> CHAPTER VII
The same day, about seven o'clock in the evening, Raskolnikov was on
his way to his mother's and sister's lodging--the lodging in
Bakaleyev's house which Razumihin had found for them. The stairs went
up from the street. Raskolnikov walked with lagging steps, as though
still hesitating whether to go or not. But nothing would have turned
him back: his decision was taken.
"Besides, it doesn't matter, they still know nothing," he thought,
"and they are used to thinking of me as eccentric."
He was appallingly dressed: his clothes torn and dirty, soaked with a
night's rain. His face was almost distorted from fatigue, exposure,
the inward conflict that had lasted for twenty-four hours. He had
spent all the previous night alone, God knows where. But anyway he had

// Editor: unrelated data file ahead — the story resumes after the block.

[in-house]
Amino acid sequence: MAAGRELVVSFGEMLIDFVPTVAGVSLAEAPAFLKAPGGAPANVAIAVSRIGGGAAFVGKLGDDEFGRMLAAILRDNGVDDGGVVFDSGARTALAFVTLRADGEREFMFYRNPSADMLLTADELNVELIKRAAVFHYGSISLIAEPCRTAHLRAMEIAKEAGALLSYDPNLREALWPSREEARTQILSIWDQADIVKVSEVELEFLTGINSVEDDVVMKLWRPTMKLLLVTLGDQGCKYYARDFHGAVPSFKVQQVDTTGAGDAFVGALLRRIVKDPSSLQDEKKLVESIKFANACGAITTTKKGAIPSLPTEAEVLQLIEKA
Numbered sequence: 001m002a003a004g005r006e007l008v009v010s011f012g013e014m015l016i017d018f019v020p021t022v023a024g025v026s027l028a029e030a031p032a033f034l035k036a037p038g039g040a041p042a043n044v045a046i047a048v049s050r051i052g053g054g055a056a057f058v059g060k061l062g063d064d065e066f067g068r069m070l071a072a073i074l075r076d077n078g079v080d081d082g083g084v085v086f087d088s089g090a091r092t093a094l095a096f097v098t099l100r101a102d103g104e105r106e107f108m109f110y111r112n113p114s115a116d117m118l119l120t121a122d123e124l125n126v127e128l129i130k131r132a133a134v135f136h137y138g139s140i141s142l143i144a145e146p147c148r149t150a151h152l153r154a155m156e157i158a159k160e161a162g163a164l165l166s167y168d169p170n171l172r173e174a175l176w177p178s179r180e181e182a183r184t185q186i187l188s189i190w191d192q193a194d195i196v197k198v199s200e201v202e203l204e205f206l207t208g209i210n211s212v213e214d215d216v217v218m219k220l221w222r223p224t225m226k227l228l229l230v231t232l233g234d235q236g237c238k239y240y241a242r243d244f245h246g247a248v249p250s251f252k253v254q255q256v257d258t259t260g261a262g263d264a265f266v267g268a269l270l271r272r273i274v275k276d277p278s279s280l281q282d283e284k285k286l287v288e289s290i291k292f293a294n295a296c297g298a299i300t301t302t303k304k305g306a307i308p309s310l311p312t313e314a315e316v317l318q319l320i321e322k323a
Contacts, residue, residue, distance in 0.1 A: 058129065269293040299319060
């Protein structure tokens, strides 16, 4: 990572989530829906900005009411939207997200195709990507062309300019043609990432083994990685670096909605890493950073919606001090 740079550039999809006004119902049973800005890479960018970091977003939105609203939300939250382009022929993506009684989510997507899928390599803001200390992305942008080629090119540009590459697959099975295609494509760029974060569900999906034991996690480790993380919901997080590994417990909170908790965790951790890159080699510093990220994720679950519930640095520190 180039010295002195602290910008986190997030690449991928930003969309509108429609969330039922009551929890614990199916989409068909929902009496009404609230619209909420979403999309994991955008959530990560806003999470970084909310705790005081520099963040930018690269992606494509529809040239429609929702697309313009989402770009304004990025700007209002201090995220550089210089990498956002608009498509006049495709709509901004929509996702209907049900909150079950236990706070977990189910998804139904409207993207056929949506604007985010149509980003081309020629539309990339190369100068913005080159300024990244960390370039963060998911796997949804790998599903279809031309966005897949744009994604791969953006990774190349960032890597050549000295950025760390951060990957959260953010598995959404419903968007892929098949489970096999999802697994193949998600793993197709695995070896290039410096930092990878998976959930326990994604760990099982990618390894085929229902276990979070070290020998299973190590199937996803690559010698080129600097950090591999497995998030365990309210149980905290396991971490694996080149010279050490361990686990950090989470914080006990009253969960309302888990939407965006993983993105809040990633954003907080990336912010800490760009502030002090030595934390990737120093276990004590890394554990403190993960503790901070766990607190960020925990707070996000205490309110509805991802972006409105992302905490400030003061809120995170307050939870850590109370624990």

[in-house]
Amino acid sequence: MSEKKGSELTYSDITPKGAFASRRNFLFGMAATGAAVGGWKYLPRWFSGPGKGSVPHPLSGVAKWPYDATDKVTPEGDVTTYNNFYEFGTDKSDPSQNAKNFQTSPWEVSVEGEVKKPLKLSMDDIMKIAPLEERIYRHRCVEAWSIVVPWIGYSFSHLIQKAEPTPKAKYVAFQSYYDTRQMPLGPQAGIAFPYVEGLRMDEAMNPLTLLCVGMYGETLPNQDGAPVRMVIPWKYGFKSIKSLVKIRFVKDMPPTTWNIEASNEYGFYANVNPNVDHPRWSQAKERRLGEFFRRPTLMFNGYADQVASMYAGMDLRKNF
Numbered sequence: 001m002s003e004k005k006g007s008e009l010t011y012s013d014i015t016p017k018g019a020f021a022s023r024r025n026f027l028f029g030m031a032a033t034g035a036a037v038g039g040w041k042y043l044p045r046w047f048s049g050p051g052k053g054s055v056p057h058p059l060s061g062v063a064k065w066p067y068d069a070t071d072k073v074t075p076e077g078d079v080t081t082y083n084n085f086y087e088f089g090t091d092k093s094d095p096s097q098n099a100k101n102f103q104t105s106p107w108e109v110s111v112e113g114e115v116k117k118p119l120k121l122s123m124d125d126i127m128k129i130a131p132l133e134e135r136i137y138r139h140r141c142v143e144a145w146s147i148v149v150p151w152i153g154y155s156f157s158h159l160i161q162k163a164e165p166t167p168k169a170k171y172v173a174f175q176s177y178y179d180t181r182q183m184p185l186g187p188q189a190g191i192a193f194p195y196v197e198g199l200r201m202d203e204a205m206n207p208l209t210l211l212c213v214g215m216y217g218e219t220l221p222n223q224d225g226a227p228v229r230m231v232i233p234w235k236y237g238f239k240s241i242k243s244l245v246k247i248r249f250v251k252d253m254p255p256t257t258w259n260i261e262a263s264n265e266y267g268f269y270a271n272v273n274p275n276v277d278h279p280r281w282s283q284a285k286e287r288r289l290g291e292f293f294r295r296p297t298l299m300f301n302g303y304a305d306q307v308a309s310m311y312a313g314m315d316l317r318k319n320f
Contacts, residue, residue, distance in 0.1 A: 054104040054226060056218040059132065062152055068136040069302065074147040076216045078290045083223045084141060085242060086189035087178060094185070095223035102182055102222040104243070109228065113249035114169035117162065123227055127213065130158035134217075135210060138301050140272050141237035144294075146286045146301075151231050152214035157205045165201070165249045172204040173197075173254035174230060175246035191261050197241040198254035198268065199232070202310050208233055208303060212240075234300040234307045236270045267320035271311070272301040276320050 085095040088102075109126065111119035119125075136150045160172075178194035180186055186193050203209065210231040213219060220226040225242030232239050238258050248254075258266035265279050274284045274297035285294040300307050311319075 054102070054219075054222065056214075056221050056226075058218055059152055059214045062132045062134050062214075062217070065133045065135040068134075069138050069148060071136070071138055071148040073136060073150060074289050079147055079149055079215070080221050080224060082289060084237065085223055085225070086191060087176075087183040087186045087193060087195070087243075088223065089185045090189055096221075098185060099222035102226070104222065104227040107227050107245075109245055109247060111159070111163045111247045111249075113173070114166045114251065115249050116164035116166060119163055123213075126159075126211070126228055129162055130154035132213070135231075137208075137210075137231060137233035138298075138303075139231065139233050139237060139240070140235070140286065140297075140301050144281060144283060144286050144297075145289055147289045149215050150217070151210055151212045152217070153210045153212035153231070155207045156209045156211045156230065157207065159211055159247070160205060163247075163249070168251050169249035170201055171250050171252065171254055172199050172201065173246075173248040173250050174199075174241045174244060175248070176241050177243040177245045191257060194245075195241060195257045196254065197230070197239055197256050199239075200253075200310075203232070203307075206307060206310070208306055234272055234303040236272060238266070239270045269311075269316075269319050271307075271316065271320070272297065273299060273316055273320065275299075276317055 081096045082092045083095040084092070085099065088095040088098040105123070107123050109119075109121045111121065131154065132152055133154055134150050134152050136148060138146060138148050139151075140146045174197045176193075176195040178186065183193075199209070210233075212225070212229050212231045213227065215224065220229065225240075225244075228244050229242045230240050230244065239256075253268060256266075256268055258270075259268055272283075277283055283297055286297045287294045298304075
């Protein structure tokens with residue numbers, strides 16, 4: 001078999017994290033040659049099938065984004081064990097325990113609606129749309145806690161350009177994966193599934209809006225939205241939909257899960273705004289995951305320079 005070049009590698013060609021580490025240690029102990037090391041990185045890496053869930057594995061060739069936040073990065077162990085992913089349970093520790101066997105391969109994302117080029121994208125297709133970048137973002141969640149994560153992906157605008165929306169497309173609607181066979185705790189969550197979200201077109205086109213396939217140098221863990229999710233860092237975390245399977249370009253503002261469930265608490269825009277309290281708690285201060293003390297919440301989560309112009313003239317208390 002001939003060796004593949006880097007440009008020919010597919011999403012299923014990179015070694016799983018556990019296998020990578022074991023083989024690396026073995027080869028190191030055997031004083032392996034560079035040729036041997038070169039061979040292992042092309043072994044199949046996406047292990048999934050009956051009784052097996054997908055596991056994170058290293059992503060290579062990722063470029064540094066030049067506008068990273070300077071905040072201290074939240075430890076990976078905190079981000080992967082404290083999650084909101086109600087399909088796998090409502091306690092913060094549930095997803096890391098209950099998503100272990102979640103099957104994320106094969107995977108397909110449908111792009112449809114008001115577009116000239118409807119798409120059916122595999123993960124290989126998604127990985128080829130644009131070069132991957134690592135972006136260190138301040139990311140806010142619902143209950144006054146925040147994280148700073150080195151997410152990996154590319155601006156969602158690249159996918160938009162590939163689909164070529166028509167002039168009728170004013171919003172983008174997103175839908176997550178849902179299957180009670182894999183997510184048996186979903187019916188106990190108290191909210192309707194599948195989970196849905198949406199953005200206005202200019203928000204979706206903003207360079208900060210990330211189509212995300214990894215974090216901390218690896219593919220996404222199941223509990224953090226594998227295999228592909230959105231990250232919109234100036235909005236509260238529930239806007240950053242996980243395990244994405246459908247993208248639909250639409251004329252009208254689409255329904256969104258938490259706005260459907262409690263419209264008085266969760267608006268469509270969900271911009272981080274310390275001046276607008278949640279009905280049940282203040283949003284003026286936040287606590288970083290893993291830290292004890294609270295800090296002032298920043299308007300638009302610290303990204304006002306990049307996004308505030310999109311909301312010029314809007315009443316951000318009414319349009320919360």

reached a decision.
He knocked at the door which was opened by his mother. Dounia was not
at home. Even the servant happened to be out. At first Pulcheria
Alexandrovna was speechless with joy and surprise; then she took him
by the hand and drew him into the room.
"Here you are!" she began, faltering with joy. "Don't be angry with
me, Rodya, for welcoming you so foolishly with tears: I am laughing
not crying. Did you think I was crying? No, I am delighted, but I've
got into such a stupid habit of shedding tears. I've been like that
ever since your father's death. I cry for anything. Sit down, dear
boy, you must be tired; I see you are. Ah, how muddy you are."
"I was in the rain yesterday, mother. . . ." Raskolnikov began.
"No, no," Pulcheria Alexandrovna hurriedly interrupted, "you thought I
was going to cross-question you in the womanish way I used to; don't
be anxious, I understand, I understand it all: now I've learned the